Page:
Defendants in those situations must still work together, "meaning that the AIA joinder provision will not lead to the cost savings envisioned by restricting any single complaint to common transactions or occurrences," said Fish & Richardson Washington partner Indranil "Indy" Mukerji.
9. USING PRIOR USE
Defendants in all types of patent infringement cases can now argue that their prior commercial use of the disputed technology protects them. Previously, the defense only applied to business-method patents, which are related to business processes and often involve software.
Some lawyers say the AIA's restrictions and exceptions make it nearly useless, but Jason White, a Chicago partner at Morgan, Lewis & Bockius, said it's "something that defendants should be mindful of in all cases.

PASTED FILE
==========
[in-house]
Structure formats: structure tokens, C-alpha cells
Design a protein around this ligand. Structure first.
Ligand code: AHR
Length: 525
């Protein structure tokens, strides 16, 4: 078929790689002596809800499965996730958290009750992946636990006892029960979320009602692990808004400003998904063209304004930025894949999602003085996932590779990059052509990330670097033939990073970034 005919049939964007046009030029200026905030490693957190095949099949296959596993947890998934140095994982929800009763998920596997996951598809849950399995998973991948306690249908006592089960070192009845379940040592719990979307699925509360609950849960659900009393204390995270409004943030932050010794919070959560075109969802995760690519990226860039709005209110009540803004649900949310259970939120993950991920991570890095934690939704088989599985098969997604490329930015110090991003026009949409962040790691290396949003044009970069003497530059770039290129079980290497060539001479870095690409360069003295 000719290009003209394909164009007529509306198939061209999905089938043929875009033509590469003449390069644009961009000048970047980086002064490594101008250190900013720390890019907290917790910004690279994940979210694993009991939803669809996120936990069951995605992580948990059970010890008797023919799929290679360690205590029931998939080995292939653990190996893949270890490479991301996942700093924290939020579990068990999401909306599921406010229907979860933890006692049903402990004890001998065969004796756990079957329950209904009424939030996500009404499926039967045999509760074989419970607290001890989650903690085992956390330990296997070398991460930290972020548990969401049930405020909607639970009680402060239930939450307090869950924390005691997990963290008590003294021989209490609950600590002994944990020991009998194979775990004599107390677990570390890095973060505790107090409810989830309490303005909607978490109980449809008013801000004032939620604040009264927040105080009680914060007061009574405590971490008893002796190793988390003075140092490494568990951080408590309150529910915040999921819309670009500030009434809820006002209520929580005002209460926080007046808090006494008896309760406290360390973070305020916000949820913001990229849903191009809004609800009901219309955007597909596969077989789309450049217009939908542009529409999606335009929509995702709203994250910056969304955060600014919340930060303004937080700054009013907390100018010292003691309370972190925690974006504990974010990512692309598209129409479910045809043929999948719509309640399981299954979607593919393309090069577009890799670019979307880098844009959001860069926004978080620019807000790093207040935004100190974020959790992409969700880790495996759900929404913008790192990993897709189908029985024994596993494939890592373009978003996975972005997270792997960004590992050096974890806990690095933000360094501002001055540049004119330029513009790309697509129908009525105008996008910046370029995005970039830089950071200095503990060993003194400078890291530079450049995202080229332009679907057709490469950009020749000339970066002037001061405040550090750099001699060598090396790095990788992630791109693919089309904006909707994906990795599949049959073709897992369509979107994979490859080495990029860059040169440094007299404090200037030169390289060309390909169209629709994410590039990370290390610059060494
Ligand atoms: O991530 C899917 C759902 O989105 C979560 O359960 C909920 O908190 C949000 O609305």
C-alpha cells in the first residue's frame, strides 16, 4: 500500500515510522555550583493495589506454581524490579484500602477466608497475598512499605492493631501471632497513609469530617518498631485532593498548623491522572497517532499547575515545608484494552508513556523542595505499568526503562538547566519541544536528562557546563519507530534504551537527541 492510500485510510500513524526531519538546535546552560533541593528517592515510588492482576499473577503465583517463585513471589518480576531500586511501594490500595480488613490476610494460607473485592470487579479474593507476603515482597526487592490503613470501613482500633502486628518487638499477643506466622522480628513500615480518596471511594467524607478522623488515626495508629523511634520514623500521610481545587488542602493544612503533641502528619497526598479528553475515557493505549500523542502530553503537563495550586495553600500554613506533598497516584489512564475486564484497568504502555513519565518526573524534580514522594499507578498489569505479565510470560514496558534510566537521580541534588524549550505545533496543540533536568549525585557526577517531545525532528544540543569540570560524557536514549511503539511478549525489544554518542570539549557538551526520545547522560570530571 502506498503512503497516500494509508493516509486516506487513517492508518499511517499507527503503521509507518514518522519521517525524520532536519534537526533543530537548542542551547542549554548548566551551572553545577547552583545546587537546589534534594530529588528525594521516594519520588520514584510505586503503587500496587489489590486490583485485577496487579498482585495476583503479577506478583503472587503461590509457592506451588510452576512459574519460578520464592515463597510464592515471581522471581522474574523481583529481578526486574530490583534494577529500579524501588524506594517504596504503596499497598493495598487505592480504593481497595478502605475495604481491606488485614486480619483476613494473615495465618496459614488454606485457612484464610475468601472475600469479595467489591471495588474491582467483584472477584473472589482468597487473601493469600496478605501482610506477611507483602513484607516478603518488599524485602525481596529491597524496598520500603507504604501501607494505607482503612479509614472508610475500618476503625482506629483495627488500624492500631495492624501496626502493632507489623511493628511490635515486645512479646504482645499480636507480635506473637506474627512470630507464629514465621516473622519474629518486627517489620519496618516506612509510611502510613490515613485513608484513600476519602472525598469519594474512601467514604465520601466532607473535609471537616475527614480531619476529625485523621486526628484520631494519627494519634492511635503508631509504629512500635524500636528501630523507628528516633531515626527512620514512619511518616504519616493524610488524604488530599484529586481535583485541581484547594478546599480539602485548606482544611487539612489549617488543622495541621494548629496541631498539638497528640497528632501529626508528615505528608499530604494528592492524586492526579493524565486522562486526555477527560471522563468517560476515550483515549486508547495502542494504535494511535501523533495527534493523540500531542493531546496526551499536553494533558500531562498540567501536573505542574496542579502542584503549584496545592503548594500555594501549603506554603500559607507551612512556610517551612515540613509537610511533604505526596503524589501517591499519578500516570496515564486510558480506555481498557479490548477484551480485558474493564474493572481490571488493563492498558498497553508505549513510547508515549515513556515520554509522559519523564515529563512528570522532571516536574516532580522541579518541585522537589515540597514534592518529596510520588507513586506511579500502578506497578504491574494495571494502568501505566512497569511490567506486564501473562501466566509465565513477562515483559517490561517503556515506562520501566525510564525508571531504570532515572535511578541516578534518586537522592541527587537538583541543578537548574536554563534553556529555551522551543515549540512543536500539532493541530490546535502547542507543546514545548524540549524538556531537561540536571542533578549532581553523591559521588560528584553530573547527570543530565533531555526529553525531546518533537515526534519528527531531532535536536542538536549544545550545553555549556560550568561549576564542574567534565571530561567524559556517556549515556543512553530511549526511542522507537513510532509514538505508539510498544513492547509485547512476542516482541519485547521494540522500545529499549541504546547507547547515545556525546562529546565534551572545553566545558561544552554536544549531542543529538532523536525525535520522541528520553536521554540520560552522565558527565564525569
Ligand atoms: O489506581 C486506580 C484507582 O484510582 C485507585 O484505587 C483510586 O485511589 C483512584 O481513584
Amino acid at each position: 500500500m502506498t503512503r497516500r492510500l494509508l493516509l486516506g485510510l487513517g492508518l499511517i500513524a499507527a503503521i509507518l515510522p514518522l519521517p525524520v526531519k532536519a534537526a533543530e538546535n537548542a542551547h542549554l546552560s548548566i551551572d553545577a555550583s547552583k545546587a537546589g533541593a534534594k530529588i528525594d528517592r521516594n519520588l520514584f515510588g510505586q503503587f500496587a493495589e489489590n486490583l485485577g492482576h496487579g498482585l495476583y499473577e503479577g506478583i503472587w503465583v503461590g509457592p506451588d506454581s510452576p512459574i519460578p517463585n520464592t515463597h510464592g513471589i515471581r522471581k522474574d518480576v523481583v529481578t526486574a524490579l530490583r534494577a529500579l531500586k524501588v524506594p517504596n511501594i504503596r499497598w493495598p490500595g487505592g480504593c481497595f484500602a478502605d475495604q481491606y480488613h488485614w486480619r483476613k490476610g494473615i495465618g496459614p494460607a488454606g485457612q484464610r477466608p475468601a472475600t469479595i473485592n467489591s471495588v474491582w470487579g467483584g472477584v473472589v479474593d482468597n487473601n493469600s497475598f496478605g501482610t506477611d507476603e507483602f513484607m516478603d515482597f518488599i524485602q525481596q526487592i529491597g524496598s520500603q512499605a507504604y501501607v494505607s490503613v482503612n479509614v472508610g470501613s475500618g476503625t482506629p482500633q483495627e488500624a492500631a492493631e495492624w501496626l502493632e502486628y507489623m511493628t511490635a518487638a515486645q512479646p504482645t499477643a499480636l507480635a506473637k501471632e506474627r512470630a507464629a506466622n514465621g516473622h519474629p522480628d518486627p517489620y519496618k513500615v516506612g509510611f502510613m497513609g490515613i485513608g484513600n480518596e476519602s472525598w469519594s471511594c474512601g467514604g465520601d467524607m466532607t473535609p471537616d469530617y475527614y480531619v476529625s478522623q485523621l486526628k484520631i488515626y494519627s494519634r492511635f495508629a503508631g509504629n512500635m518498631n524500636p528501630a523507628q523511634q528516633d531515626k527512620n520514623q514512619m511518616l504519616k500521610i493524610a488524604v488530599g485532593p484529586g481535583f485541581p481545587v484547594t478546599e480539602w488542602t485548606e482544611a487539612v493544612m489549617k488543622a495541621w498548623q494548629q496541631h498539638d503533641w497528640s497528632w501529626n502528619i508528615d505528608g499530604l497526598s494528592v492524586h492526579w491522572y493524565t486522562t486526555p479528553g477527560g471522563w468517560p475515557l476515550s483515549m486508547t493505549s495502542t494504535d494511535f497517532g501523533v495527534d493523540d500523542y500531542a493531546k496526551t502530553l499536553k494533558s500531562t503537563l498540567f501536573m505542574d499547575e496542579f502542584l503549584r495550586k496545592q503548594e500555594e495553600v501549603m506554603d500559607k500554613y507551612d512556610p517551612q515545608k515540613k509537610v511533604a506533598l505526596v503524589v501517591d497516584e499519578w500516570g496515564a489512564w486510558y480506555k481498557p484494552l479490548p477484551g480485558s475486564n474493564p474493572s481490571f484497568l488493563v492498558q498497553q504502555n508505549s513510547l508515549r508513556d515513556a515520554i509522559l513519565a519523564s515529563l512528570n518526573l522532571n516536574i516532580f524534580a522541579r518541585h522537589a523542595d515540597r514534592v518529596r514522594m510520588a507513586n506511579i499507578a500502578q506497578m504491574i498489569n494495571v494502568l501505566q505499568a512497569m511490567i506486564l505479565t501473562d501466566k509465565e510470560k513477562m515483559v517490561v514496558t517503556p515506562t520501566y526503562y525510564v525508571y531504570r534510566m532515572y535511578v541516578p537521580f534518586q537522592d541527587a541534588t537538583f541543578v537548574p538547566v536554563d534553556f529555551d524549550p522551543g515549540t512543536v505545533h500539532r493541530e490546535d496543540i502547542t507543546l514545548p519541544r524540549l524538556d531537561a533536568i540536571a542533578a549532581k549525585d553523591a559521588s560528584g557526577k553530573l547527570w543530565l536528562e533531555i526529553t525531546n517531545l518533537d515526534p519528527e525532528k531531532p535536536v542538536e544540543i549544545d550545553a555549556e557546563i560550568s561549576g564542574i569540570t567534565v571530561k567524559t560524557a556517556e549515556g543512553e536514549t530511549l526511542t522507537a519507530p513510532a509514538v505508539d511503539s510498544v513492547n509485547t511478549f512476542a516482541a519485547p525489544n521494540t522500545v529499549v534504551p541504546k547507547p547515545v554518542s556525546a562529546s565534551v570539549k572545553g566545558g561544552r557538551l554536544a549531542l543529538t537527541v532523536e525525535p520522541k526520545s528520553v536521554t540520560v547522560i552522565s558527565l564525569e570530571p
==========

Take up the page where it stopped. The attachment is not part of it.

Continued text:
"It will not be a commonly used defense, but in the right situation, it may very well come into play," White said.
10. ITC ATTRACTS JOINERS
The International Trade Commission "will become an even more important forum for patent litigation" because of the AIA's bar against bringing a single patent case against numerous unrelated defendants, Mukerji said.
The ITC was already popular with patent litigants because it's easier to get an injunction there than in district court, Mukerji said.
ITC exclusion orders instruct the U.S. Customs and Border Protection to refuse entry to the infringing items. Litigants may also be able to get a cease-and-desist order banning the sale of infringing products already in the United States.
This article originally appeared in The National Law Journal.